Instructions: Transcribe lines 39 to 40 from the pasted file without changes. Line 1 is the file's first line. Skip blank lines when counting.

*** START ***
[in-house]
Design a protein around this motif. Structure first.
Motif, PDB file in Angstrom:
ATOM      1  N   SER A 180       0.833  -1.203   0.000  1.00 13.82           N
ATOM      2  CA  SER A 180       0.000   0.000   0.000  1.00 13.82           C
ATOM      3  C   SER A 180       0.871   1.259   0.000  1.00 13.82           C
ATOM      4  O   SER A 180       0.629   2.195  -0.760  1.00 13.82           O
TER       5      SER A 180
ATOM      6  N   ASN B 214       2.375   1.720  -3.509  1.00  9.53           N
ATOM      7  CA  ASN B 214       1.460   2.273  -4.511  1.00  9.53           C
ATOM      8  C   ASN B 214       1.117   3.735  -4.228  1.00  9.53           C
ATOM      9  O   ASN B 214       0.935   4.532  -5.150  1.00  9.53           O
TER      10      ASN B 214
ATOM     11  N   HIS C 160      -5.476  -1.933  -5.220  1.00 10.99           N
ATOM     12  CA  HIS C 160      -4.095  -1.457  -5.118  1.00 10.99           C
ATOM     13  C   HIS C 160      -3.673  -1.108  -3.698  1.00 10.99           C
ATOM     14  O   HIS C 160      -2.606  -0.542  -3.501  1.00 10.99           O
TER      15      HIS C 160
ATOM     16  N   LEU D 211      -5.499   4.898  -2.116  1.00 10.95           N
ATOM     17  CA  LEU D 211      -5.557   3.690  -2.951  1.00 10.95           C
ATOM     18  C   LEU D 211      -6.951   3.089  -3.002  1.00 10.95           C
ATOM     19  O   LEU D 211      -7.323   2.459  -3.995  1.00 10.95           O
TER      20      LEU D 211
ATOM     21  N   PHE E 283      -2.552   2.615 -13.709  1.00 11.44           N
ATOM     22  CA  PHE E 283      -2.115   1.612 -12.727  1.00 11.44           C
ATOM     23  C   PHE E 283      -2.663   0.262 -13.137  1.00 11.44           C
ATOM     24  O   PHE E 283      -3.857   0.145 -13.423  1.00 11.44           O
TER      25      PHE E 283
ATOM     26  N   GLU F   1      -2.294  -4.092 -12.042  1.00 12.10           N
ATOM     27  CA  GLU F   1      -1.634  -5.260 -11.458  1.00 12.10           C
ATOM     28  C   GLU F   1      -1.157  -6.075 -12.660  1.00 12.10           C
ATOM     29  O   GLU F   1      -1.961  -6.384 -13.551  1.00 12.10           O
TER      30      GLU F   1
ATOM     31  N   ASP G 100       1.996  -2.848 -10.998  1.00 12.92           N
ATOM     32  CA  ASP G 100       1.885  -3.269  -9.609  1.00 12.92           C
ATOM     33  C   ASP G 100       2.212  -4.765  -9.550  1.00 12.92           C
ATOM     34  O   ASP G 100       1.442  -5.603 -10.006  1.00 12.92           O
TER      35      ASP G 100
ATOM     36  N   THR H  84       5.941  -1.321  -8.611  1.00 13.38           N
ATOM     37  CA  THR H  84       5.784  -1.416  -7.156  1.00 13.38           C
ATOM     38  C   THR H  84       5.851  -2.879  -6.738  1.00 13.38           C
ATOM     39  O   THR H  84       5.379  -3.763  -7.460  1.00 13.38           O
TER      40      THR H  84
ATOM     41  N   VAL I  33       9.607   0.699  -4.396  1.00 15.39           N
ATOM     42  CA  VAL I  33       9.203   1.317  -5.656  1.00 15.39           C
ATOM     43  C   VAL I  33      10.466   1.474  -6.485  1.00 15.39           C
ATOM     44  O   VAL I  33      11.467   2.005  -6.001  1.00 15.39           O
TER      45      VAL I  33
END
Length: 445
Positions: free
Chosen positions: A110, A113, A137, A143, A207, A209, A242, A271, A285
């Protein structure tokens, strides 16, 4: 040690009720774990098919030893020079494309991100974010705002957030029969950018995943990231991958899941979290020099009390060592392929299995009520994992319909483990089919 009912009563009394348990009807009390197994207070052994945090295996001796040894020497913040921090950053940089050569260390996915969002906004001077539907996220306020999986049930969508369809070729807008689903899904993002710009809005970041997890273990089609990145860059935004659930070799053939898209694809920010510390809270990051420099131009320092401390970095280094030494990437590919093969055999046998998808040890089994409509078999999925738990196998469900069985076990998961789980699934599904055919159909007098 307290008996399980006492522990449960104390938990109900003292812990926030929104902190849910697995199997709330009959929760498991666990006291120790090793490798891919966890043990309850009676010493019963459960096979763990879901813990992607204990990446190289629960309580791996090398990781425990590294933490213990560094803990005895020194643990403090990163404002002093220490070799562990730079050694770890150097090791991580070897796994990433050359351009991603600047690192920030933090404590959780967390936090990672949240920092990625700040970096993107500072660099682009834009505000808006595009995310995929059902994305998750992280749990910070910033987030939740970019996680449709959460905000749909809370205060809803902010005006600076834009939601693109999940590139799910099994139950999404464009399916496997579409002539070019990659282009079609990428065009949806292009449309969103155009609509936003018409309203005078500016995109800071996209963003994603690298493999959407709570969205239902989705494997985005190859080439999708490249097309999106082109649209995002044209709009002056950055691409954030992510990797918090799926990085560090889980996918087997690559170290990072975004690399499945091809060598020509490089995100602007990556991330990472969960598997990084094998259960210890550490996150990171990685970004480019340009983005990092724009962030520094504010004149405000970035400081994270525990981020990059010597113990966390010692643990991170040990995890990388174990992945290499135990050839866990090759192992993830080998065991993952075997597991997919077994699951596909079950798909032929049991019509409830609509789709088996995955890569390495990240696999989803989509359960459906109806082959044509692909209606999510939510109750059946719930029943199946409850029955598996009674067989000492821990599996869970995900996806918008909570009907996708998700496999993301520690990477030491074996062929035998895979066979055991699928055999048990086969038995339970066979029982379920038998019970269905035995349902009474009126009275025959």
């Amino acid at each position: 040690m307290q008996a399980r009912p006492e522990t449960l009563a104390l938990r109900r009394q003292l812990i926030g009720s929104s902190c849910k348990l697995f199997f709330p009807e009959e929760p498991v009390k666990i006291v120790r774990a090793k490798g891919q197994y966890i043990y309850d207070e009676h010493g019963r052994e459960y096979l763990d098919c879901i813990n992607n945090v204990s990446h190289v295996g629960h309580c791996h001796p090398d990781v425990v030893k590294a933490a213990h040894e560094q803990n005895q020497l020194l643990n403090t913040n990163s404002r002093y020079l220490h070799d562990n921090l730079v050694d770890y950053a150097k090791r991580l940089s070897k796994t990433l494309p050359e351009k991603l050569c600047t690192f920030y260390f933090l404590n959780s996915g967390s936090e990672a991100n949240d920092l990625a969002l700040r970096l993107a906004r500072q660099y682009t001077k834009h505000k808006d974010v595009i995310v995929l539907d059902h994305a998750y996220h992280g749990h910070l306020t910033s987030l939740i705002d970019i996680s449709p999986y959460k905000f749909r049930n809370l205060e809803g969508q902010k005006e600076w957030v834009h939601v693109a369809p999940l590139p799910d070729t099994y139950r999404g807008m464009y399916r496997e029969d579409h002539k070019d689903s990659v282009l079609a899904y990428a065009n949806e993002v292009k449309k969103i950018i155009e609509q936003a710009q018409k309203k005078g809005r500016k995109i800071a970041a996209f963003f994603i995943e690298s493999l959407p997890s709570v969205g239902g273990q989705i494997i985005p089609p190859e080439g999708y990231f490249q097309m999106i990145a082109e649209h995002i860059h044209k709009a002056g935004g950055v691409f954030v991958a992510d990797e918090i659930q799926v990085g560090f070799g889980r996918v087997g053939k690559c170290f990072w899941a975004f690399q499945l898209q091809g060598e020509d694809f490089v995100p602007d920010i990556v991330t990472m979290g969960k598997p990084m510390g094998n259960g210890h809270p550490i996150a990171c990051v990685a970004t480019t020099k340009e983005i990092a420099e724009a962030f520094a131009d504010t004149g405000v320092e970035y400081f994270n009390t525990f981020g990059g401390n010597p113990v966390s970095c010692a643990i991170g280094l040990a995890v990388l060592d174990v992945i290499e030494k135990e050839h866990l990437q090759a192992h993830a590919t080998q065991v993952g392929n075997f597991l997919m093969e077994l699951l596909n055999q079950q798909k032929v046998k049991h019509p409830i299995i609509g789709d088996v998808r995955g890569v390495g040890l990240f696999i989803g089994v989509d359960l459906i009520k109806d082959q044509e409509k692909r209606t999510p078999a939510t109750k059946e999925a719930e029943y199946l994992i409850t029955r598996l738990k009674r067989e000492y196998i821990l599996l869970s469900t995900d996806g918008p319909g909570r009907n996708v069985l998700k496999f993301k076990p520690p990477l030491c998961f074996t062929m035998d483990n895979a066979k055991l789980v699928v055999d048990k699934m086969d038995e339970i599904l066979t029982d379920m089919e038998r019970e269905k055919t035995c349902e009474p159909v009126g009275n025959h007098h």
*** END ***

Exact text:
ATOM     36  N   THR H  84       5.941  -1.321  -8.611  1.00 13.38           N
ATOM     37  CA  THR H  84       5.784  -1.416  -7.156  1.00 13.38           C